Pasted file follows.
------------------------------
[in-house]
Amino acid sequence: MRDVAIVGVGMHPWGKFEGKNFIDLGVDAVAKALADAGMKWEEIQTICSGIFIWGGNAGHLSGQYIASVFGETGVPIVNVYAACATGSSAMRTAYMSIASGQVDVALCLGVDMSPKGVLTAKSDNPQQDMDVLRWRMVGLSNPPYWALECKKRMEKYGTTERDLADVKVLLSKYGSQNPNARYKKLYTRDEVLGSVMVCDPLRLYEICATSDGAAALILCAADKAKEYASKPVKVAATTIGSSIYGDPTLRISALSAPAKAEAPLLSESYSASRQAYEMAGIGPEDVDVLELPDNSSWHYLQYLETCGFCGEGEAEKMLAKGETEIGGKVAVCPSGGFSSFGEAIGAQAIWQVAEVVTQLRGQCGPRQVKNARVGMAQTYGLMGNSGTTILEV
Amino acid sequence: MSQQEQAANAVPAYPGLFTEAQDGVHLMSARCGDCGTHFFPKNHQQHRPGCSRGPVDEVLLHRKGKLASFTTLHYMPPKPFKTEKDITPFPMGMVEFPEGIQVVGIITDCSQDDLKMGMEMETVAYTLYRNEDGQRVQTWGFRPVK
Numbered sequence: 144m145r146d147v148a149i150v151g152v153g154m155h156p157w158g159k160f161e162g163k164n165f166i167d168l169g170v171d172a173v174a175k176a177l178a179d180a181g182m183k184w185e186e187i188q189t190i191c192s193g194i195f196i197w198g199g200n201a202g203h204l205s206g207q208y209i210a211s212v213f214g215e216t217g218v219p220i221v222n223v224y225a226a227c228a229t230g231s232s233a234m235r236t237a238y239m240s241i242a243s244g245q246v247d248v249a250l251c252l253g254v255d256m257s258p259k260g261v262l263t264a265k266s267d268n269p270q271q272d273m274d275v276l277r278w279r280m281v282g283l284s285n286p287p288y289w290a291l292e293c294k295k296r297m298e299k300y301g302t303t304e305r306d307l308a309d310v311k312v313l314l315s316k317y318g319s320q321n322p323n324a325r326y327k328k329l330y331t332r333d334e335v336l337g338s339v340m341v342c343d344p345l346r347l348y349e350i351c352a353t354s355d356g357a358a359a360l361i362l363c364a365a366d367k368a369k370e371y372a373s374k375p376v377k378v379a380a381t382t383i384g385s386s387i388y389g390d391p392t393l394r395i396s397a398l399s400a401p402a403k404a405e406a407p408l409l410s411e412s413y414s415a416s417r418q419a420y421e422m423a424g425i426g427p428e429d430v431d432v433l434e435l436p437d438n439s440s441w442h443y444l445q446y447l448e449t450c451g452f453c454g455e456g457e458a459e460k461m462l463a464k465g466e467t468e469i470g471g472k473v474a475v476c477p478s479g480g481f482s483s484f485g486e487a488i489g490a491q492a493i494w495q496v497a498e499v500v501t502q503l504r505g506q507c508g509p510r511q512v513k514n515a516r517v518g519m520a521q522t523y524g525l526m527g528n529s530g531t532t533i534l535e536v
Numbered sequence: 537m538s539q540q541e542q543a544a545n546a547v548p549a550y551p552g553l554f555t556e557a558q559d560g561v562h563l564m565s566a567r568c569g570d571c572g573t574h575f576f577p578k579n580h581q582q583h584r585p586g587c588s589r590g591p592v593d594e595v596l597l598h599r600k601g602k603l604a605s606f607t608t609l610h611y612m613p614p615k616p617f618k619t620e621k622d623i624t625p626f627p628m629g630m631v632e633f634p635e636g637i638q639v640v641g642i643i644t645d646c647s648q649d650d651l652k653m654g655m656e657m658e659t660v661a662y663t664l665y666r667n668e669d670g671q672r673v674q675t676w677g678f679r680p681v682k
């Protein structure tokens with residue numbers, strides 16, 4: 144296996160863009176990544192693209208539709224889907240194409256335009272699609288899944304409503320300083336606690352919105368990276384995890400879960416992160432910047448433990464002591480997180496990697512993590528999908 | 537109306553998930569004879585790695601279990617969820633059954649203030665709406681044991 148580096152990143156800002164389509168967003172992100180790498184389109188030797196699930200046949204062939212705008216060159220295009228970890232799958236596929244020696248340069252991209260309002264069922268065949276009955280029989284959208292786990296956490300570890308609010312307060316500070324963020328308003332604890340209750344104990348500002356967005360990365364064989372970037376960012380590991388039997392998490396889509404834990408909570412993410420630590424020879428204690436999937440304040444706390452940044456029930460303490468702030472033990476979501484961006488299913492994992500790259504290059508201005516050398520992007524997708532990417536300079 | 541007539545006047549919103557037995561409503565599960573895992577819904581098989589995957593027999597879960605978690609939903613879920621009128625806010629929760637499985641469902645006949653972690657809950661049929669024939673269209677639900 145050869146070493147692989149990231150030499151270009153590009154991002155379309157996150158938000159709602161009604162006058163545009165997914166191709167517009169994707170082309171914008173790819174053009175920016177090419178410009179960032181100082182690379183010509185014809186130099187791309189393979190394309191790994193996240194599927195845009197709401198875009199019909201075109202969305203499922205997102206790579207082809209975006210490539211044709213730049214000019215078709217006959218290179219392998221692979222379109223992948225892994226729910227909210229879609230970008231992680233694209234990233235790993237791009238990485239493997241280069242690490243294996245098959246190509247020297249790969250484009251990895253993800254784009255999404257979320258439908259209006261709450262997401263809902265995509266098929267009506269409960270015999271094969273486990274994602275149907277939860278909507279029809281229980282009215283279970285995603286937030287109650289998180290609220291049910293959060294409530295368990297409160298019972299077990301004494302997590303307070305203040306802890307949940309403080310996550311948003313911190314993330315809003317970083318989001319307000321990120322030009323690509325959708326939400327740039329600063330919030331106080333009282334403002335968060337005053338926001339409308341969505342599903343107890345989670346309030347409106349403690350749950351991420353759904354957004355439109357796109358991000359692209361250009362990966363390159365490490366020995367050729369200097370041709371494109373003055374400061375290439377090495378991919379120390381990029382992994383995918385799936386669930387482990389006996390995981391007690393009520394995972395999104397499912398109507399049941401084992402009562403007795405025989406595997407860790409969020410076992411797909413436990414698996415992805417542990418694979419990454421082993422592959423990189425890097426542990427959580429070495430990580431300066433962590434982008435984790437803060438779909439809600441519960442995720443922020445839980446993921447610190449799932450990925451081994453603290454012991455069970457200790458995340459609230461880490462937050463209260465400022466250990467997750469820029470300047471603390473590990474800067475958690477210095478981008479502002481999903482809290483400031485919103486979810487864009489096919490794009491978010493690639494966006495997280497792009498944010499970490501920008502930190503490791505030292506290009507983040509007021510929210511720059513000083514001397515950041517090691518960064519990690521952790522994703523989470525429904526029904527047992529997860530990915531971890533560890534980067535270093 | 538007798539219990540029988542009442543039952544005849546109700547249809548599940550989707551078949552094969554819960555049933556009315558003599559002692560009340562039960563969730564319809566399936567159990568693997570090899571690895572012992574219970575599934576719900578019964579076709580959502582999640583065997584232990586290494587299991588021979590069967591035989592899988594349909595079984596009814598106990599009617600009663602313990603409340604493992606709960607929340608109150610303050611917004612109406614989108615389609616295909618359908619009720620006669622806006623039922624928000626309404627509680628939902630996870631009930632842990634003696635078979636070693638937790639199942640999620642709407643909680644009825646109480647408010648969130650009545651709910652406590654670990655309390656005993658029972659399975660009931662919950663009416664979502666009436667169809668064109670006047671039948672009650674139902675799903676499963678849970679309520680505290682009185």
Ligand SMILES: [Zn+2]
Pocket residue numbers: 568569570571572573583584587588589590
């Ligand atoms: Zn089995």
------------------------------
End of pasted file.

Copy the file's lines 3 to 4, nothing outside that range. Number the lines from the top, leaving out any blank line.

Amino acid sequence: MSQQEQAANAVPAYPGLFTEAQDGVHLMSARCGDCGTHFFPKNHQQHRPGCSRGPVDEVLLHRKGKLASFTTLHYMPPKPFKTEKDITPFPMGMVEFPEGIQVVGIITDCSQDDLKMGMEMETVAYTLYRNEDGQRVQTWGFRPVK
Numbered sequence: 144m145r146d147v148a149i150v151g152v153g154m155h156p157w158g159k160f161e162g163k164n165f166i167d168l169g170v171d172a173v174a175k176a177l178a179d180a181g182m183k184w185e186e187i188q189t190i191c192s193g194i195f196i197w198g199g200n201a202g203h204l205s206g207q208y209i210a211s212v213f214g215e216t217g218v219p220i221v222n223v224y225a226a227c228a229t230g231s232s233a234m235r236t237a238y239m240s241i242a243s244g245q246v247d248v249a250l251c252l253g254v255d256m257s258p259k260g261v262l263t264a265k266s267d268n269p270q271q272d273m274d275v276l277r278w279r280m281v282g283l284s285n286p287p288y289w290a291l292e293c294k295k296r297m298e299k300y301g302t303t304e305r306d307l308a309d310v311k312v313l314l315s316k317y318g319s320q321n322p323n324a325r326y327k328k329l330y331t332r333d334e335v336l337g338s339v340m341v342c343d344p345l346r347l348y349e350i351c352a353t354s355d356g357a358a359a360l361i362l363c364a365a366d367k368a369k370e371y372a373s374k375p376v377k378v379a380a381t382t383i384g385s386s387i388y389g390d391p392t393l394r395i396s397a398l399s400a401p402a403k404a405e406a407p408l409l410s411e412s413y414s415a416s417r418q419a420y421e422m423a424g425i426g427p428e429d430v431d432v433l434e435l436p437d438n439s440s441w442h443y444l445q446y447l448e449t450c451g452f453c454g455e456g457e458a459e460k461m462l463a464k465g466e467t468e469i470g471g472k473v474a475v476c477p478s479g480g481f482s483s484f485g486e487a488i489g490a491q492a493i494w495q496v497a498e499v500v501t502q503l504r505g506q507c508g509p510r511q512v513k514n515a516r517v518g519m520a521q522t523y524g525l526m527g528n529s530g531t532t533i534l535e536v